B FRC formation and equilibrium

A FRC is a variety of compact toroids with the following characteristics: no appreciable toroidal field, values of fl of the order of unity, no rotational transform, all the equilibrium currents maintained by diamagnetism, a scrape-off layer exhausting heat and particles outside the coil system. FRCs are reviewed in [Tuszewski, 1988].

FRCs were accidentally discovered in the 1960s in 0-pinches. In order to understand the main features of this configuration it is useful to consider the main formation scheme (the 0-pinch formation) illustrated in Figure B.15:

a. the discharge tube is filled with neutral gas and a bias magnetic field is applied; the gas is pre-ionized, freezing the magnetic field in the plasma at a temperature of a few electronvolts;

Ionized Propulsion System
Figure B.15. FRC formation sequence.

b. the current in the theta pinch coils is reversed on a fast timescale, inducing in this way a plasma current along d (and an axial field opposite to the bias field) that causes the plasma and bias field to implode radially;

c. the oppositely directed magnetic field lines reconnect near the end of the 0-pinch coil, forming a closed magnetic field configuration;

d. the large magnetic tension at the reconnection region causes the FRC to contract in the axial direction until an equilibrium configuration is achieved.

During Phase b, heating occurs due to the implosion shock followed by slow compression; resistive heating also occurs during the annihilation of the bias field and is characterized by a resistive dissipation higher than in the classical case.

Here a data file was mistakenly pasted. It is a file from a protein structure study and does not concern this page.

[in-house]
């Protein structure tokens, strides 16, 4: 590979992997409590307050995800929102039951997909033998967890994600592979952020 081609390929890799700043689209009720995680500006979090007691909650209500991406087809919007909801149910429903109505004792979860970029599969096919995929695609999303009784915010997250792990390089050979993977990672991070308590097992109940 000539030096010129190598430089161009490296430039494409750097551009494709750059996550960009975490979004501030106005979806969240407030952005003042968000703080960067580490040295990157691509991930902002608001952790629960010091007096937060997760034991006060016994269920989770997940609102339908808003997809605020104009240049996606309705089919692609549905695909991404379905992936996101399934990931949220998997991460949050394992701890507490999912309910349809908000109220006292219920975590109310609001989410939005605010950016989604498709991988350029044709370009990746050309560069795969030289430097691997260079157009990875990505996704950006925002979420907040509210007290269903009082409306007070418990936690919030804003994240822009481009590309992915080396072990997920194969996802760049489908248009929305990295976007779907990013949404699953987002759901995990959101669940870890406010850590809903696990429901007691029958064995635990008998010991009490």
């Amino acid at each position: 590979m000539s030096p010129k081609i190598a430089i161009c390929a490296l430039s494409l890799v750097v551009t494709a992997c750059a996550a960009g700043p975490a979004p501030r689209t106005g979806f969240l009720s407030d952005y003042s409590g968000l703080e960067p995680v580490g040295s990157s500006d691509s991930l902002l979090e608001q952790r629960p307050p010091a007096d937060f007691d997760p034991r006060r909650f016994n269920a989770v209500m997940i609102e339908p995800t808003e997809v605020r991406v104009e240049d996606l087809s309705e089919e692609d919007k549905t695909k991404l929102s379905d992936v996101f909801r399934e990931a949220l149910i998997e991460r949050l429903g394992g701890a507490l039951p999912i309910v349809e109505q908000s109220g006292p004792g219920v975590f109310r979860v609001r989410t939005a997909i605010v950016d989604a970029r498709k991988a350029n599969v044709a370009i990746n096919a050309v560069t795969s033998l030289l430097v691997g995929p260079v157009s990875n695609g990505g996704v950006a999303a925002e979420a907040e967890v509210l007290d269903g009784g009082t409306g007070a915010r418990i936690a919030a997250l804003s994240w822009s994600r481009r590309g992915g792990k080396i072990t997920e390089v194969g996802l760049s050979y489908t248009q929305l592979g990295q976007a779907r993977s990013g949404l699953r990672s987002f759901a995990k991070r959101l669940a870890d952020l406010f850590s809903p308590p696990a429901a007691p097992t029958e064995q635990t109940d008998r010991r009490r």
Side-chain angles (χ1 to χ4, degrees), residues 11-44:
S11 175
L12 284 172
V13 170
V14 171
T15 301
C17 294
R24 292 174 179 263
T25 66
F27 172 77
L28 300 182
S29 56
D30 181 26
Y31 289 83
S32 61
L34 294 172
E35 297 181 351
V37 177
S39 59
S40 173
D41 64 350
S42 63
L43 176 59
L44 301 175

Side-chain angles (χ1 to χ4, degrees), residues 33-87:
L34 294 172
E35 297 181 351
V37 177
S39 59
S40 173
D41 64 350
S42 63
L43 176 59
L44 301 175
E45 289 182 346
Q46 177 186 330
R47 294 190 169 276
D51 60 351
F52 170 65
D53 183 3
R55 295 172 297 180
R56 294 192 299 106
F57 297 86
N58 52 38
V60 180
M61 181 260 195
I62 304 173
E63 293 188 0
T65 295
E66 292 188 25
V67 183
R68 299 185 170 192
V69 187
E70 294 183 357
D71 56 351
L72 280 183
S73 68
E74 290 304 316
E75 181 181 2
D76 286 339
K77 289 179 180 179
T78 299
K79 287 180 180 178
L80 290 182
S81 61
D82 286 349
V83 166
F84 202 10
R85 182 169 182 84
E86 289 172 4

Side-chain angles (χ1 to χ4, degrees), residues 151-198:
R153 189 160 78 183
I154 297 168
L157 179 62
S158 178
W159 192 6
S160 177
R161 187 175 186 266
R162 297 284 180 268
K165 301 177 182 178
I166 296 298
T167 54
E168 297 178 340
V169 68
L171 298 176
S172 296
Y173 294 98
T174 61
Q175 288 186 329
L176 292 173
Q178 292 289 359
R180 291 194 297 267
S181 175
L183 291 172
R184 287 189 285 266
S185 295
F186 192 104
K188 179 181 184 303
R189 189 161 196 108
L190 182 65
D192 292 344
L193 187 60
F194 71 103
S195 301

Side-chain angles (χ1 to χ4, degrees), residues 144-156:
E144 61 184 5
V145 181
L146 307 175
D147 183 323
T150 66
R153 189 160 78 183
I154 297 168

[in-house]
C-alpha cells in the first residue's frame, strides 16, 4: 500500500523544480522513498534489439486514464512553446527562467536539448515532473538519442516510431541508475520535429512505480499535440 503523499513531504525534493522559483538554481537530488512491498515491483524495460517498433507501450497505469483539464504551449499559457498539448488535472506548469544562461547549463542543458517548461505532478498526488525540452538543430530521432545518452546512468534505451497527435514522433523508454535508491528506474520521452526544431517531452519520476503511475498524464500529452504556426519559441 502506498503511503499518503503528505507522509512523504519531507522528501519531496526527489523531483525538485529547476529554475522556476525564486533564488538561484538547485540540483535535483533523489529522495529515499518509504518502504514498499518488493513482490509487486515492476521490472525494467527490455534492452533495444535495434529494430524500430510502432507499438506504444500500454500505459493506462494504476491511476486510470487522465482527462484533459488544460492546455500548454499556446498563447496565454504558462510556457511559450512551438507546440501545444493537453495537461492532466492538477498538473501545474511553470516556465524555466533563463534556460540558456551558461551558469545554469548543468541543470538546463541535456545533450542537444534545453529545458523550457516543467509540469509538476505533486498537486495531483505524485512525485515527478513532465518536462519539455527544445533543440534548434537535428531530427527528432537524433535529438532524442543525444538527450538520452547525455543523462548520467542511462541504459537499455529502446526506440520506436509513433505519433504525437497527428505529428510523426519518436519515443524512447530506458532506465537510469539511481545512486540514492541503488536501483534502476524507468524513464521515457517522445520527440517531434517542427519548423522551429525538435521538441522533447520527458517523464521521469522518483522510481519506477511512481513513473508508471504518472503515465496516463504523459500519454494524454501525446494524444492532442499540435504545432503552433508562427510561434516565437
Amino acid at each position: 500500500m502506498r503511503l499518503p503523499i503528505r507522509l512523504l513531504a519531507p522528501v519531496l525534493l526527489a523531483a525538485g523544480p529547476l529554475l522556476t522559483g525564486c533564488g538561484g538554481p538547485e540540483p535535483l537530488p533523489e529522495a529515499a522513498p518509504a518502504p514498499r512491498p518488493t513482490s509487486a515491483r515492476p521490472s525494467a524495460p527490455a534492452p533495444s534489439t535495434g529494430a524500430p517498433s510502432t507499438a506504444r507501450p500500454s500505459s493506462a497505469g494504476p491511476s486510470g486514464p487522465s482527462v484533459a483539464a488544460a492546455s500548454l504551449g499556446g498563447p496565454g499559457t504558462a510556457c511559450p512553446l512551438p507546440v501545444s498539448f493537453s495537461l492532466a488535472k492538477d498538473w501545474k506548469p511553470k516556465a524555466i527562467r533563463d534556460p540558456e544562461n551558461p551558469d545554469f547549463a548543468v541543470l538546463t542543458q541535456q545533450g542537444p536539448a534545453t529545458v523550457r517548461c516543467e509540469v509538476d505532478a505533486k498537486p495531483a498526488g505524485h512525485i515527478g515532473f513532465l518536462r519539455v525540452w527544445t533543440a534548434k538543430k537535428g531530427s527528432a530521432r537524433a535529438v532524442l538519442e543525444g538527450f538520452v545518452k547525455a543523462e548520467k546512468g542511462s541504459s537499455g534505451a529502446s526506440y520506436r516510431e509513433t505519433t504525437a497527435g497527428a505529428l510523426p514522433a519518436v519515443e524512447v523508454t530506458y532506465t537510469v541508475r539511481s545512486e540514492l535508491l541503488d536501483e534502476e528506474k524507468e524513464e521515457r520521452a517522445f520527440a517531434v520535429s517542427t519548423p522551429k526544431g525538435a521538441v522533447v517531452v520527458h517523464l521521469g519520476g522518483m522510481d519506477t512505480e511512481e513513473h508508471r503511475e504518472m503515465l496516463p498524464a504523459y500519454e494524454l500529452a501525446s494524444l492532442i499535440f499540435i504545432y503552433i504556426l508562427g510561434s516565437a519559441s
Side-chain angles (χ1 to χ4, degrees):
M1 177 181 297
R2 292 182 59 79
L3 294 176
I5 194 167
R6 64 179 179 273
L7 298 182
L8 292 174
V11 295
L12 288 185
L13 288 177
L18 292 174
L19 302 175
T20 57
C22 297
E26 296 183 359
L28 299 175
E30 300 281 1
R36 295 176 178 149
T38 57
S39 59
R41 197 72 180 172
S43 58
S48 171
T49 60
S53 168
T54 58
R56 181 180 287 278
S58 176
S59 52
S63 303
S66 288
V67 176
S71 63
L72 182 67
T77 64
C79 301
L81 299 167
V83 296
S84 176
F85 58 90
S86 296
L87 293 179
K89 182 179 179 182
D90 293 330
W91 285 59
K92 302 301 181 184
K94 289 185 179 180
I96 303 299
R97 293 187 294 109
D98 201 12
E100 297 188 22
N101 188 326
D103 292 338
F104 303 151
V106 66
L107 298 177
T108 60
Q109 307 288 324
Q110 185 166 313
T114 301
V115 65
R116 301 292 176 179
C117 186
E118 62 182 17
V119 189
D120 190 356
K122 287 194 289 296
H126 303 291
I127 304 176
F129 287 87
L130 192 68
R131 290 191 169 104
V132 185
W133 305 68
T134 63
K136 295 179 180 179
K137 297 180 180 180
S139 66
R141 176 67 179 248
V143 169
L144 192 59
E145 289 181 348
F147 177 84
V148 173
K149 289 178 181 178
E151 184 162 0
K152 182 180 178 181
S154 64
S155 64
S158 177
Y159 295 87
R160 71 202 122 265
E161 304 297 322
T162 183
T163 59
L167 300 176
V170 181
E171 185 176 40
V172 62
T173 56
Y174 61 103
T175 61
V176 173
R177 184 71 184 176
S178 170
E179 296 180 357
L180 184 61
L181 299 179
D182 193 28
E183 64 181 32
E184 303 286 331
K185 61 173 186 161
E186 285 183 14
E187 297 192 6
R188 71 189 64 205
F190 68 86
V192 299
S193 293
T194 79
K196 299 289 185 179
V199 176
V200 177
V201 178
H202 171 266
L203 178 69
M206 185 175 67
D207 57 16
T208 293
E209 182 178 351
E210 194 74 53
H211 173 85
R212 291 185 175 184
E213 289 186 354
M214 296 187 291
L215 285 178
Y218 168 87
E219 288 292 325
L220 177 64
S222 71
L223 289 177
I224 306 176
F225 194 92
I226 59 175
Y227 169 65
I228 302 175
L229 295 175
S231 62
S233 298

The main feature of interest in FRCs is that, in order to achieve an equilibrium configuration, the average fl of the plasma must be high. Using simple analytical models (confirmed by full numerical analysis), it can be shown that

with rs and rc the separatrix radius and the flux conserver radius, respectively. Since rs < rc, this implies beta values larger than 50%. Nevertheless, the plasma maintains remarkable stability properties.

The flux ^ of the axial magnetic field between the null point and the separatrix can be shown to be bound by two values:

with Be being the magnetic field outside the separatrix (determined by the poloidal coil current), and the two boundary values obtained for k = 0 and k = 1, respectively. From Equation (B.35) it is also possible to determine an expression for the parameter S

S = M2^sPi,£e) = 2-3/2(rc/Pi-e)(rs72r2)(2+k)/2 (B.36)

with pie the ion gyration radius (=gyroradius) in the external magnetic field. Therefore, S is always lower than the value obtained for rs = rc (fl = 50%) and k = 0 (i.e.,

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